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VERSCHUEREN Anna, Leyna Boucherit, Marie Darche, Stephane Fouquet, Celine Nouvel-Jaillard, Michel Paques, Serge A Picaud, Jose Alain Sahel; High resolution of primate and human photoreceptors' structure using Expansion microscopy.. Invest. Ophthalmol. Vis. Sci. 2020;61(7):817.
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© ARVO (1962-2015); The Authors (2016-present)
Physiology of photoreceptors (PR) is closely related to their anatomy, as most dysfunctions are related to changes in PR morphology and in the distribution of molecular actors. For example, different morphological stages of degeneration have been described for cone. Therefore, fine assessment of such changes is needed to understand PR physiopathology, interpret in-vivo imaging or design new clinical strategies.We here illustrated how Expansion microscopy (Chen et al. 2015) can provide super-resolution of PR anatomy and proteins distribution in the primate and human retina.
Perfused primate and post-fixed human retinas were immunolabelled and embedded in an acrylamide gel. Anchoring of fluorescent probes to the gel then allowed sample digestion while preserving fluorescent probes and their 3D arrangement. Changing the immersion media then caused sample's expansion with the associated gain in resolution. The sample was imaged using a confocal microscope. Examinations were performed on samples generated with this new technique and compared to classic preparations. 3D reconstructions were achieved with software analysis (Imaris).
Expansion microscopy applied to the primate and human retina produced a 4.5 gain in magnification of the samples. We examined the distribution of proteins involved in phototransduction, cytoskeleton and its associated proteins, especially Usher proteins in both cones and rods. When Usher1 proteins appeared in the classic approach as a continuous ring around the outer segment, expansion microscopy enabled us to distinguish individual protocadherin15 bands between actin-containing calyceal processes and the nascent outer segment discs in cones, and the junction between periciliary membrane and outer segment in rods. Similarly, Usher2 proteins were observed as 6/7 spots between the cone cilium and the periciliary membrane with the same resolution as immunogold electron microscopy but with a 3D image in both cones and rods. Examination of postmortem human retinas by expansion microscopy allowed 3D reconstruction of pathological cones.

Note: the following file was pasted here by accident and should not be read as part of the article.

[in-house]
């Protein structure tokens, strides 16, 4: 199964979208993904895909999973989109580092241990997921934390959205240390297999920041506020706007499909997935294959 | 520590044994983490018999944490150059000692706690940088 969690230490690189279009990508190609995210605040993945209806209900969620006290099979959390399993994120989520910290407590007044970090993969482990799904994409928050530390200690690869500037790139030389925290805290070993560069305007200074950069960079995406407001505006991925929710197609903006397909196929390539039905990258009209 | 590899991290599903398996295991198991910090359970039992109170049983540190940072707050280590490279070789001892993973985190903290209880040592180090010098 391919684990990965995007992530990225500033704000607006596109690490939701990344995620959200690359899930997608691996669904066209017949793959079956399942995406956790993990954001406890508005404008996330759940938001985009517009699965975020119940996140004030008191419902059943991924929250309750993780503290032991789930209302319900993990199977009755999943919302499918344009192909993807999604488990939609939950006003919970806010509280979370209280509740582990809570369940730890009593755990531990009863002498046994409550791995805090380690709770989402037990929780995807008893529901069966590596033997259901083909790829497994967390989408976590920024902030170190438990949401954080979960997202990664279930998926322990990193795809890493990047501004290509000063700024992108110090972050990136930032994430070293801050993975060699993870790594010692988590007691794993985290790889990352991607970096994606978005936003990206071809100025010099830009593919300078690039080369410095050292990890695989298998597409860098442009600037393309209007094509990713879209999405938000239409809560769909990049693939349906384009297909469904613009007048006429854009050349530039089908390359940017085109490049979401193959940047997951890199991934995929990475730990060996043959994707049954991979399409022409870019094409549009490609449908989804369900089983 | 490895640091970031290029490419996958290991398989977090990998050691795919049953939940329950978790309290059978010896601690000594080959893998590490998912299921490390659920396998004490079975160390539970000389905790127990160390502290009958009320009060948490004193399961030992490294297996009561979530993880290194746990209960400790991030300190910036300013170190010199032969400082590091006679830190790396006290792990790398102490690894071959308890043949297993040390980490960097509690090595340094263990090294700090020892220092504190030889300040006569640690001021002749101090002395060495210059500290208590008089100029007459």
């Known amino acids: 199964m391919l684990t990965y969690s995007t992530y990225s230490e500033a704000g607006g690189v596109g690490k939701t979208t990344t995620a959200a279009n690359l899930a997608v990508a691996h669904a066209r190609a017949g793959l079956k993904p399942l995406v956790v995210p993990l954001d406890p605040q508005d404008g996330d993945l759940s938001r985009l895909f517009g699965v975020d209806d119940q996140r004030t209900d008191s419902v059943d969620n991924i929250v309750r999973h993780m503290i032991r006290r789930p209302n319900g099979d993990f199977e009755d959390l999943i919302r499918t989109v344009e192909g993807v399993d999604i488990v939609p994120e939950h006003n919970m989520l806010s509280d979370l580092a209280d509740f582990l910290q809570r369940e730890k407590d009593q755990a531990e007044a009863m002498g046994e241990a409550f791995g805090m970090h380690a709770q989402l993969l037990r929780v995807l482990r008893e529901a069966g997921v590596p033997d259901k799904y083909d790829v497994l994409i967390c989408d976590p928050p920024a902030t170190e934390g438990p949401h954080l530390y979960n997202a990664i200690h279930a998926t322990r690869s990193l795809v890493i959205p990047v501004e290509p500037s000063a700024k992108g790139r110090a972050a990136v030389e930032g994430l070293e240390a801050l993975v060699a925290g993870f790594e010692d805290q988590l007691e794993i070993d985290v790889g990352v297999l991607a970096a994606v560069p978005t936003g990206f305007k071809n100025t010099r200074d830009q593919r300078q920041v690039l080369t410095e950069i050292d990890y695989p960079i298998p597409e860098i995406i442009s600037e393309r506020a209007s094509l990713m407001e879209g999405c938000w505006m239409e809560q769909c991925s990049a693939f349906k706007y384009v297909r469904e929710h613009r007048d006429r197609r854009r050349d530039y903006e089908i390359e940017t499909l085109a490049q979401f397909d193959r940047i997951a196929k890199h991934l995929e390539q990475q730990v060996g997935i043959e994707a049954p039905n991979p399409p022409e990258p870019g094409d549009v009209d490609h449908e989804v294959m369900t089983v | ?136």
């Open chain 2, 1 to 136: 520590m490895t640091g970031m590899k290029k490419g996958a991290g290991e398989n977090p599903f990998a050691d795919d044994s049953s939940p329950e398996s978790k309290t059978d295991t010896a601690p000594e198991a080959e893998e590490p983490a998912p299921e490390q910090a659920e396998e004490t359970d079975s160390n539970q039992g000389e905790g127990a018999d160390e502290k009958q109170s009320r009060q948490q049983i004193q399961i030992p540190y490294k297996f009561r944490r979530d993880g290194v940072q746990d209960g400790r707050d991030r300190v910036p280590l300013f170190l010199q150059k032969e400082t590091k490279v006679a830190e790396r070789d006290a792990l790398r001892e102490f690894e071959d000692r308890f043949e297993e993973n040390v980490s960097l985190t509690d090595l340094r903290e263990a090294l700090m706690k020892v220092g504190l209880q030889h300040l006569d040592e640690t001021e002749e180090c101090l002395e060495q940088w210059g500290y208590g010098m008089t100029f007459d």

Expansion microscopy has allowed us to create fine new 3D models of the cells both in macaque and human retina, which will prove invaluable to compare to aging and pathological PR. This technique provides unprecedented resolution of retinal cell morphology and microanatomy to investigate cell function and physiopathology.
This is a 2020 ARVO Annual Meeting abstract.
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